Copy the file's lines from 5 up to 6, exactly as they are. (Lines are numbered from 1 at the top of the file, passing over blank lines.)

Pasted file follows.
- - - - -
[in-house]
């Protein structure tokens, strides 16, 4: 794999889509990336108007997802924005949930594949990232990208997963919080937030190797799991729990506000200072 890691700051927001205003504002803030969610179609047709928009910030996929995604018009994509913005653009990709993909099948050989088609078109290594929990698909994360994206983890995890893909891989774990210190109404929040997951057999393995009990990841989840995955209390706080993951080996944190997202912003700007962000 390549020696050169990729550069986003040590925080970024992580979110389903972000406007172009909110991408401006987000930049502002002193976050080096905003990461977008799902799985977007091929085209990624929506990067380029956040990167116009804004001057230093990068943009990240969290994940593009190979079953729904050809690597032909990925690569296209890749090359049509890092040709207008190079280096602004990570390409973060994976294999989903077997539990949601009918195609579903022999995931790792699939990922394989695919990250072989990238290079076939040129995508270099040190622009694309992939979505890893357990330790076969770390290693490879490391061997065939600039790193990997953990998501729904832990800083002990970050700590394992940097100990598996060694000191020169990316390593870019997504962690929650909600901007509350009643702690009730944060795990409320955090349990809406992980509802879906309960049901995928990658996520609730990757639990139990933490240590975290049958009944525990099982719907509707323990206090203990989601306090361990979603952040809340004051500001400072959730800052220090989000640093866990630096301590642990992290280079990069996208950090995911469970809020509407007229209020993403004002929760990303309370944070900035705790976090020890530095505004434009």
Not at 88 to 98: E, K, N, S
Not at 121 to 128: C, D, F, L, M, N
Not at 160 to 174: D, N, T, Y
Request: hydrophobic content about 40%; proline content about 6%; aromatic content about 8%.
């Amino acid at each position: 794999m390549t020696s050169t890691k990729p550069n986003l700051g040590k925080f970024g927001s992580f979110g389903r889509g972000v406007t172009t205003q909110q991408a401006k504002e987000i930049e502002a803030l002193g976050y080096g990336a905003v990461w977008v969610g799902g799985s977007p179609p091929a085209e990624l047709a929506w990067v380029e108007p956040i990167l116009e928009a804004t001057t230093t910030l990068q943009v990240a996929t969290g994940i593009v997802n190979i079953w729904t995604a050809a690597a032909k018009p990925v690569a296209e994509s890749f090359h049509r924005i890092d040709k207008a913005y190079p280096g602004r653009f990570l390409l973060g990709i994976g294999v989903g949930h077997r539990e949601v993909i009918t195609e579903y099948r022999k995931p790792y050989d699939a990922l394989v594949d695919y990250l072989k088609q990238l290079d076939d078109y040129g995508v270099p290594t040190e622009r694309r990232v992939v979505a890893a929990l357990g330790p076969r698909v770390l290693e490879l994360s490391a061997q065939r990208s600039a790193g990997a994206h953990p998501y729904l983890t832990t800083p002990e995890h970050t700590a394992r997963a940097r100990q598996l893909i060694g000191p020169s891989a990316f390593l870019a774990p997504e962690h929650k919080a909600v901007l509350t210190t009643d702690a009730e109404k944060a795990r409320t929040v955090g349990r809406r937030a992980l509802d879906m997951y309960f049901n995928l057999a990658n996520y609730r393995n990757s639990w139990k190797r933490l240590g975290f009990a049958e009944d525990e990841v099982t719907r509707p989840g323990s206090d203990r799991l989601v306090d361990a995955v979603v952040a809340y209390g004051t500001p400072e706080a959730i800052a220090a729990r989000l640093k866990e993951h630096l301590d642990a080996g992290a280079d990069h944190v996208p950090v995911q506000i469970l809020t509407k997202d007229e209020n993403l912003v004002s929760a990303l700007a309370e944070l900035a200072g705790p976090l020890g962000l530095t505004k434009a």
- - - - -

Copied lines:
Not at 160 to 174: D, N, T, Y
Request: hydrophobic content about 40%; proline content about 6%; aromatic content about 8%.